Quartet in B flat K589 Mozart (17560- 1791)
In 1789 Mozart visited Berlin with his friend and pupil Prince Lichnowsky (later one of Beethoven’s principal patrons) in the hope of improving his precarious financial position. Commissions from Friedrich William, King of Prussia, resulted: six easy piano sonatas for the young princesses, and a set of six quartets for the King who was an enthusiastic and competent cellist. Back in Vienna, Mozart quickly produced the D major quartet D575, but then his energies were absorbed in the composition of Cosi fan Tutte, first performed in January 1790. The B flat K589 and the F major K590 date from the following June, and were his last works for quartet. Mozart found the composition “troublesome”, perhaps because he was developing a new string texture, with prominent cello-writing to compliment the King. The three quartets, published together shortly after his death, were described as quatuor concertante, reflecting the unusual equality between the four voices.
The first movement of the B flat quartet is in reflective mood, spiced by accompanying triplet passages. The prominence of the cello in its high register is continued in the larghetto, where it states the theme, supported from below by the second violin and the viola. The minuet and trio is perhaps the most original movement, particularly the long trio with its bariolage (string crossing) figuration and abrupt key changes. The last movement is a concise romp, a 6/8 rondo where the thematic material is transformed through inversion, imitation and contrapuntal tricks.
Last ACMC Performance: the Atrium Quartet, March 2008
Quartet in F Ravel (1875 – 1937)
Allegro moderato – Très doux
Assez vif – Très rythmé – Lent – Tempo primo
Vif et agité
Ravel grew up in Paris, and early decided on a musical career, entering the Conservatoire in 1889. He was not a great success, being dismissed from both the harmony and piano classes in 1895. His interest in composition continued however, and in 1898 he joined the class given by Gabriel Fauré. At this period he also began to be part of the musical life of the city, meeting Debussy, d’Indy and Eric Satie. The quartet dates from 1902-3. The first movement was submitted as part of his fourth unsuccessful attempt for the Prix de Rome, and was dismissed by the judges as laborious and lacking in simplicity. The completed work, dedicated to “mon cher Maitre” Fauré and first performed in 1904, provoked divided reactions. Debussy was said to be enthusiastic, while Lalo criticised it as too closely resembling Debussy. Certainly there are close parallels with Debussy’s own quartet, written ten years earlier, although its light, transparent textures are in contrast to the denser writing of its predecessor.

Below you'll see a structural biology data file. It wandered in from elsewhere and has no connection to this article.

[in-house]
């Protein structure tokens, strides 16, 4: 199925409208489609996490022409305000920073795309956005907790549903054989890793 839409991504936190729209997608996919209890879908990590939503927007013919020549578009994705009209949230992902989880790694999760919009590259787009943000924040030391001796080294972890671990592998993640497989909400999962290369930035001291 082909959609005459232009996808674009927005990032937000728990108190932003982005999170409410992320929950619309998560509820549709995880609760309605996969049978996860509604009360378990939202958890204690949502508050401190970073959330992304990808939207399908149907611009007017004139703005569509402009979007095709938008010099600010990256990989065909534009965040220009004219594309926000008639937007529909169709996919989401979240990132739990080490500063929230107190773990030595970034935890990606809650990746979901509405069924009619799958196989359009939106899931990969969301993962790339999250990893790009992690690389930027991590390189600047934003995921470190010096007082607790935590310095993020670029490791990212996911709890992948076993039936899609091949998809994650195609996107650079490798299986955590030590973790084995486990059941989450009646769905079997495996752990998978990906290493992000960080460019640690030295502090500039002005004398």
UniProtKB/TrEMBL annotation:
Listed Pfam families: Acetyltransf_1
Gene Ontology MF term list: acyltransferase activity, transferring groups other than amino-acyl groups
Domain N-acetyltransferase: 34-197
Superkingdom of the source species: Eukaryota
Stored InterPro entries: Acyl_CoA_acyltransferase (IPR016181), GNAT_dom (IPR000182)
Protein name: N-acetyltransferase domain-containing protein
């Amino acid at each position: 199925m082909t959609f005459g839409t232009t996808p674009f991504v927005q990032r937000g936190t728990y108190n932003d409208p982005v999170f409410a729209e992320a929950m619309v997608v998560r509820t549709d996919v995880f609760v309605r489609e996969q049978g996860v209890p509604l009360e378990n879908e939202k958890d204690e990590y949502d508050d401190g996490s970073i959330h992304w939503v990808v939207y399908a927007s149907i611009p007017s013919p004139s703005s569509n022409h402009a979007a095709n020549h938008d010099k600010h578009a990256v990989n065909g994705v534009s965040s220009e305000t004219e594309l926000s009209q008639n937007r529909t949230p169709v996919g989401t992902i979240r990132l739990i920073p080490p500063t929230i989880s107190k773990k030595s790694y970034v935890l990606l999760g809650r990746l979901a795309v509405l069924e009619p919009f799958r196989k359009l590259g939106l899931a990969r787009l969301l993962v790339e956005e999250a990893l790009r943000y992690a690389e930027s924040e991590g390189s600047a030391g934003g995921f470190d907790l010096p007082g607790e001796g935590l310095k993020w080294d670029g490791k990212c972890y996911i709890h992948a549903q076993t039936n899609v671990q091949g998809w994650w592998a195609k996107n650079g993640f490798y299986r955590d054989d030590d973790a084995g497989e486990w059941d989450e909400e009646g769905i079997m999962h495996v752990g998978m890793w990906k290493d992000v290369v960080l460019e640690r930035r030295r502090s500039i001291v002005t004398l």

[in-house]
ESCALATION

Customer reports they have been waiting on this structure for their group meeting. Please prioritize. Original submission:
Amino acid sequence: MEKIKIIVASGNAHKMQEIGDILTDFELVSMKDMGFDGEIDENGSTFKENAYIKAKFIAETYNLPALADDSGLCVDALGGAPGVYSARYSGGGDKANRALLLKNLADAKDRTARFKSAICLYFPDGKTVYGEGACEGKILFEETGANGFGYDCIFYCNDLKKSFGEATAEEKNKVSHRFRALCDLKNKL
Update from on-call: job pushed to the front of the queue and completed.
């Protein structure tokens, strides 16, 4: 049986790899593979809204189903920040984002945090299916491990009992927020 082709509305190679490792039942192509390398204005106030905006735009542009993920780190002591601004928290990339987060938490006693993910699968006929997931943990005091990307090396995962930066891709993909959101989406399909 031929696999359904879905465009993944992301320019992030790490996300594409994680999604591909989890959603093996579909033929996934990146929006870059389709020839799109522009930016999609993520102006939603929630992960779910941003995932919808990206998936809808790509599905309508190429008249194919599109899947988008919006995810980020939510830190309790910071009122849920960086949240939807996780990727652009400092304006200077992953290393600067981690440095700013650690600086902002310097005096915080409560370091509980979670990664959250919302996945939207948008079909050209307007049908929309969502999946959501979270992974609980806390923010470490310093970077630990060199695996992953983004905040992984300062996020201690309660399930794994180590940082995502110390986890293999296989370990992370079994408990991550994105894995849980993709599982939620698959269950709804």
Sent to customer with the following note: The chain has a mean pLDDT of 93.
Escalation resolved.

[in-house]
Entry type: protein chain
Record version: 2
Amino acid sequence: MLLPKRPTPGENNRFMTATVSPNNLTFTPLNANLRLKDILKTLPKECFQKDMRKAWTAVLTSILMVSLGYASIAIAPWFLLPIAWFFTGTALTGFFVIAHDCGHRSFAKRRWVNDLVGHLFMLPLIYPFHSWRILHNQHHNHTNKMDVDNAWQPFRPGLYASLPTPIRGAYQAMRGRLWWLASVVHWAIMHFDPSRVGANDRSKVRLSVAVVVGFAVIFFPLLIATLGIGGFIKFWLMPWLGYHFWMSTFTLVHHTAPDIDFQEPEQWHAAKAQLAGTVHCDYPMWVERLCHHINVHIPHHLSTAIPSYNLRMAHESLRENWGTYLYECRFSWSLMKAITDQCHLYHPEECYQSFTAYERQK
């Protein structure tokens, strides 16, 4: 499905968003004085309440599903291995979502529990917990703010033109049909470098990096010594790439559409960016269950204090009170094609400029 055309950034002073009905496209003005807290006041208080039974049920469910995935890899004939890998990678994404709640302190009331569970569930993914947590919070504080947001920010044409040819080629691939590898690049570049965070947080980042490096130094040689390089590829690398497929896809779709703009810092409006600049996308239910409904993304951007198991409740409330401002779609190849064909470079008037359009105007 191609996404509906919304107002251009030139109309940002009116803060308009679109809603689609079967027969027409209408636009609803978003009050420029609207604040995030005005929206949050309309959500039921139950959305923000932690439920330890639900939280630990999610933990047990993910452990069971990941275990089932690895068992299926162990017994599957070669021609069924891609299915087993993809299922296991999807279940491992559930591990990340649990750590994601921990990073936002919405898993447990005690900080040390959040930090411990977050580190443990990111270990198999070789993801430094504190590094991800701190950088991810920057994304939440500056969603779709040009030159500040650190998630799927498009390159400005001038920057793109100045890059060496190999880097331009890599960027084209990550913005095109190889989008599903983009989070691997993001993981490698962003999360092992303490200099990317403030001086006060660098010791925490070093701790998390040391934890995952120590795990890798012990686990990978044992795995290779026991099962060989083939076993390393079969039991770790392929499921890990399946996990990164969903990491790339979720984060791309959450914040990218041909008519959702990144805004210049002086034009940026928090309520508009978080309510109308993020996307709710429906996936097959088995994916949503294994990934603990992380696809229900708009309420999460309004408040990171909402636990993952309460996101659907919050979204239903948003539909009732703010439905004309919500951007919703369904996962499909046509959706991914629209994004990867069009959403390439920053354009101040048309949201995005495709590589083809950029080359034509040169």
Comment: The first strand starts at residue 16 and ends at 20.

The four movements are tightly constructed individually, but are also inter-related by the thematic material. The first movement is lyrical, and in pure sonata form. The second is a scherzo with the unusual time signature 6/8 (3/4). The pizzicato opening leads to the broad central section, including a section where the second violin is instructed to play “quasi arpa” – like a harp. The rhapsodic third movement has many changes of time, and variations in tone colour by use of mutes, or by playing over the fingerboard. The final movement is by turns stormy and calm.
The years around the turn of the century were ones of great change for the string quartet form. Dvorak’s last quartets were written in 1895, Bartok’s first in 1908. Although it took some time for its virtues to be recognized, the Ravel quartet, with its vitality and fresh harmonies, is a distinctive and deservedly popular addition to the quartet repertoire.
Last ACMC Performance: the Emperor Quartet, March 1994
Quartet in D minor D 810 Schubert (1797 – 1828)
Andante con moto
Scherzo Allegro molto
In his youth Schubert wrote several quartets, undemanding cheerful pieces for performance in the family circle with his father and his brothers, Schubert himself playing the viola. In contrast, the string chamber works of his maturity, the D minor and G major quartets (1824 and 1826), and the double cello quintet (1828), contain some of his most intense and deeply felt music.
The D minor was written as Schubert was recovering from a severe illness. Its familiar title comes from the theme of the slow movement, drawn from his song “Death and the Maiden”, and many have seen the whole work as depicting aspects of a struggle with Death. Certainly it is generally sombre and impassioned, and predominantly in the minor. The first movement’s driving opening introduces the pervasive triplet motif which recurs to dramatic effect particularly in the coda, first at a quickened pace and then, as if all energy fails, at the original tempo. The statement of the theme in the slow movement is hushed, sounding almost like a chorus of viols. The words of the song, written seven years before the quartet, are those of Death himself, calming the fearful Maiden and promising her quiet sleep in his arms. The moods of the five variations change from melancholy musing to stormy intensity, with a gleam of autumnal sunshine in the major. The scherzo is marked by powerful syncopation, and although the trio is in the major key, it still seems full of wistful yearning. The last movement has been described as a dance of death, a mad tarantella, which whirls to a prestissimo conclusion.
Last ACMC Performance: the Piatti Quartet, October 2012